"The pandemic has exposed the many ways our city leaves so many behind. It is clear that returning to the same ways of doing things is a mistake. And yet, that is exactly what the Mayor is doing by removing people from the safety and stability of hotel rooms and forcing them back to shelters. With vaccination rates among the most vulnerable still at dangerously low levels (DHS estimates at around an unacceptable 30%) and the Delta variant on the rise in New York City, it is both a moral and a public health imperative that we do everything we can to avoid returning people to crowded shelters.
The stakes are high and now is not the time to rush a return to shelters. We need to immediately activate Intro. 146, converting hotels into permanent housing, and provide reasonable accommodations to everyone who qualifies. We can also use the thousands of Section 8 vouchers allocated to NYC via the American Recovery Plan, prioritize homeless residents for vacant HPD apartments, and expedite all supportive housing placements currently in process.
I urge the Mayor to follow the science and halt the transfers. We can and must implement the city and state FHEPS voucher bills now," said Council Member Stephen Levin.
"New Yorkers living in temporary shelter need affordable, permanent housing - not a revolving door of temporary beds. The obvious and humane solution here is to allow people to stay in hotels until they can move into a home. The City should immediately implement Intro 146 so people can find apartments and we also encourage Governor Cuomo to immediately sign legislation to increase FHEPS levels to prevent additional unnecessary entries into shelters," said Joshua Goldfein, attorney at Legal Aid.
"As we emerge from the COVID-19
pandemic we must recommit ourselves at all levels of government to ensuring that no New Yorker is denied the right to a secure, stable, affordable home," said State Senator Brian Kavanagh, who chairs the Senate Housing Committee. "This year, in addition to
the COVID-19 eviction and foreclosure moratorium and the $2.4 billion emergency rental assistance program, we allocated hundreds of millions of dollars in new capital expenditures for supportive and permanent housing. We also passed legislation to expand the
Family Homelessness and Eviction Prevention Supplement (FHEPS) program, to create new programs to convert hotels to permanent housing, and to provide transitional rental assistance for New Yorkers experiencing homelessness or facing eviction. We know we need to do more, including funding these initiatives at higher levels in next year's budget and enacting the Housing Access Voucher Program, which would provide State subsidies modeled on the federal Section 8 program. I'm proud to join colleagues in State, Federal, and City government who are ready to take on this challenge and all New Yorkers who have advocated for a comprehensive and humane response to the crisis of homelessness - especially today the residents of the Lucerne and the members of UWS Open Hearts whose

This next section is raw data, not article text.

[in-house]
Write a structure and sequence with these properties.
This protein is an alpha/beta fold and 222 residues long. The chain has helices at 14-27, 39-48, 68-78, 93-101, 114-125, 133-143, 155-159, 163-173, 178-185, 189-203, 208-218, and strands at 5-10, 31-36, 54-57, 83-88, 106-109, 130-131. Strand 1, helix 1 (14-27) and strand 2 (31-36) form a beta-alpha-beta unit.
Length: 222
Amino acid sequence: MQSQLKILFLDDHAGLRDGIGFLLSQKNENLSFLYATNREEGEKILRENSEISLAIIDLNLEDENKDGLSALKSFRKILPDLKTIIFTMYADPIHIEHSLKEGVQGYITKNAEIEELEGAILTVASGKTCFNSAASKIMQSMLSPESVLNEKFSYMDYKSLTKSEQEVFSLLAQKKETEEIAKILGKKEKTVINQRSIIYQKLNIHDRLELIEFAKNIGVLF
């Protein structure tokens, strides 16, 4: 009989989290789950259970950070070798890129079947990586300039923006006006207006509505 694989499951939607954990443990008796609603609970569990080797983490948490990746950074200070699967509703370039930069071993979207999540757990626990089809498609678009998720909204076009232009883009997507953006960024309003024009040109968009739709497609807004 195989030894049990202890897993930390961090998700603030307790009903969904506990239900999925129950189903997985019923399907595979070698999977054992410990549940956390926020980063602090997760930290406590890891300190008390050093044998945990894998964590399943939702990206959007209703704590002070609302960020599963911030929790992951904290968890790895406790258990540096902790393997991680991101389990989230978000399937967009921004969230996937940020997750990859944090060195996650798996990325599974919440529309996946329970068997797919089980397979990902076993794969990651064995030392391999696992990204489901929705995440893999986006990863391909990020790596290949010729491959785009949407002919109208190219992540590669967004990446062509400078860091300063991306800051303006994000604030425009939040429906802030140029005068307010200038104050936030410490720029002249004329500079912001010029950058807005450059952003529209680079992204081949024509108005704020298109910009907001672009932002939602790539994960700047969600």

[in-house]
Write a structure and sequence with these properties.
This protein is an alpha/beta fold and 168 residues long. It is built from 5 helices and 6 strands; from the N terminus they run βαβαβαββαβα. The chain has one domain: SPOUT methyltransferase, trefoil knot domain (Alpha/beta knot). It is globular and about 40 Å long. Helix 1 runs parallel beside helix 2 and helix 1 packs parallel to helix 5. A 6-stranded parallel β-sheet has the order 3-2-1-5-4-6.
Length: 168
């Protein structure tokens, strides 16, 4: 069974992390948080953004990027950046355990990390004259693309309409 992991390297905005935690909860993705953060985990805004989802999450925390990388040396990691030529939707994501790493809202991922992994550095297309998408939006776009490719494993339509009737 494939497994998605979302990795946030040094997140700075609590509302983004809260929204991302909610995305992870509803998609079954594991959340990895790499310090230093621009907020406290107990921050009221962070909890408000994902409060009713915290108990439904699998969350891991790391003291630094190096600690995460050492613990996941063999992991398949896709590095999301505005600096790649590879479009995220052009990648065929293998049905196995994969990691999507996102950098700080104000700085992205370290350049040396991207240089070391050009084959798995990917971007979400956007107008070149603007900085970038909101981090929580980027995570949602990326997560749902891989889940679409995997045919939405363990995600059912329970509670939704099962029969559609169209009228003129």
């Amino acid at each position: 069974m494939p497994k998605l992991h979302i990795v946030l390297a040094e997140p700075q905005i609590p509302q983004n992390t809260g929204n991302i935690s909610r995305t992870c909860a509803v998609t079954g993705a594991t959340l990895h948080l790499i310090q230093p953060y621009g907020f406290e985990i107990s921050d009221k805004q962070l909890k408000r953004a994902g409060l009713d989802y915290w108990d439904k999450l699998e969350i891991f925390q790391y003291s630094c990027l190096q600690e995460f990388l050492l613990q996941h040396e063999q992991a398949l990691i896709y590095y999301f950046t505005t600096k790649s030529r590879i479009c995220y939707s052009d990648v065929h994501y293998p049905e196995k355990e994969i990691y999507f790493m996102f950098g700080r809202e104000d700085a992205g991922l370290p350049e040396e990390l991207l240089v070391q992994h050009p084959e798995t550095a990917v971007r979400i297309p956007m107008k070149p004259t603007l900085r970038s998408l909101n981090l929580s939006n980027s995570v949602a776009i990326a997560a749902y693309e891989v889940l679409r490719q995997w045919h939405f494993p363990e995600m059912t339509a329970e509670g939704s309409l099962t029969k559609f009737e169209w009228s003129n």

advocacy for the cause of inclusion and decency in their neighborhood has been inspiring," said Sen. Brian Kavanagh.
"The COVID-19 pandemic revealed the deep inequalities that exist in our society and underscored the urgent need to invest our city and state resources into ending homelessness and creating a path to permanent housing for those in need. During the 2021 legislative session, my colleagues and I fought to obtain funding for housing and homelessness prevention, including an increase in the value of FHEPS vouchers. Congregate shelters can be crowded and unsafe, especially as we continue to grapple with COVID-19 and the spread of the Delta variant. On the one-year anniversary of homeless New Yorkers arriving at the Lucerne, we reaffirm our commitment to a city that can provide for its residents' basic needs- and that includes permanent housing," said Sen. José Serrano.
While thousands of homeless New Yorkers had been moved into vacant hotels in order to slow the spread of Covid-19, New York city has been slow to implement solutions to ensure they could be offered housing instead of returning to shelters after a year in hotels. Many homeless New Yorkers wait for years to be given housing, and often simply have to find their own way out of the shelter system, despite the fact that offering subsidized housing costs the city 50% less than paying for shelter beds. In May, the City Council finally passed Intro 146, which could provide an immediate path to housing for homeless New Yorkers--but the city insists they need six months to implement it, which means a botched plan to return thousands of New Yorkers to congregate shelters with low vaccination rates and no safety guidelines in place. Once implemented, Intro 146 will increase CityFHEPS vouchers to cover the fair market rate, like the more effective Section 8 program, making thousands more apartments accessible to shelter residents, with eligible beneficiaries paying 30% of their income toward housing. The City can use emergency rule-making processes to implement this bill immediately, rather than waiting 6 months while homeless New Yorkers languish in shelters or return to the streets.
July Homeless Rights Month was the brainchild of directly impacted advocates Maria Walles and Shams DaBaron, and is being sponsored by a coalition of directly impacted New Yorkers and advocacy orgs, including Vocal-NY, UWS Open Hearts, Neighbors Together, SURJ-NY, JFREJ, Housing Works, and Human.NYC.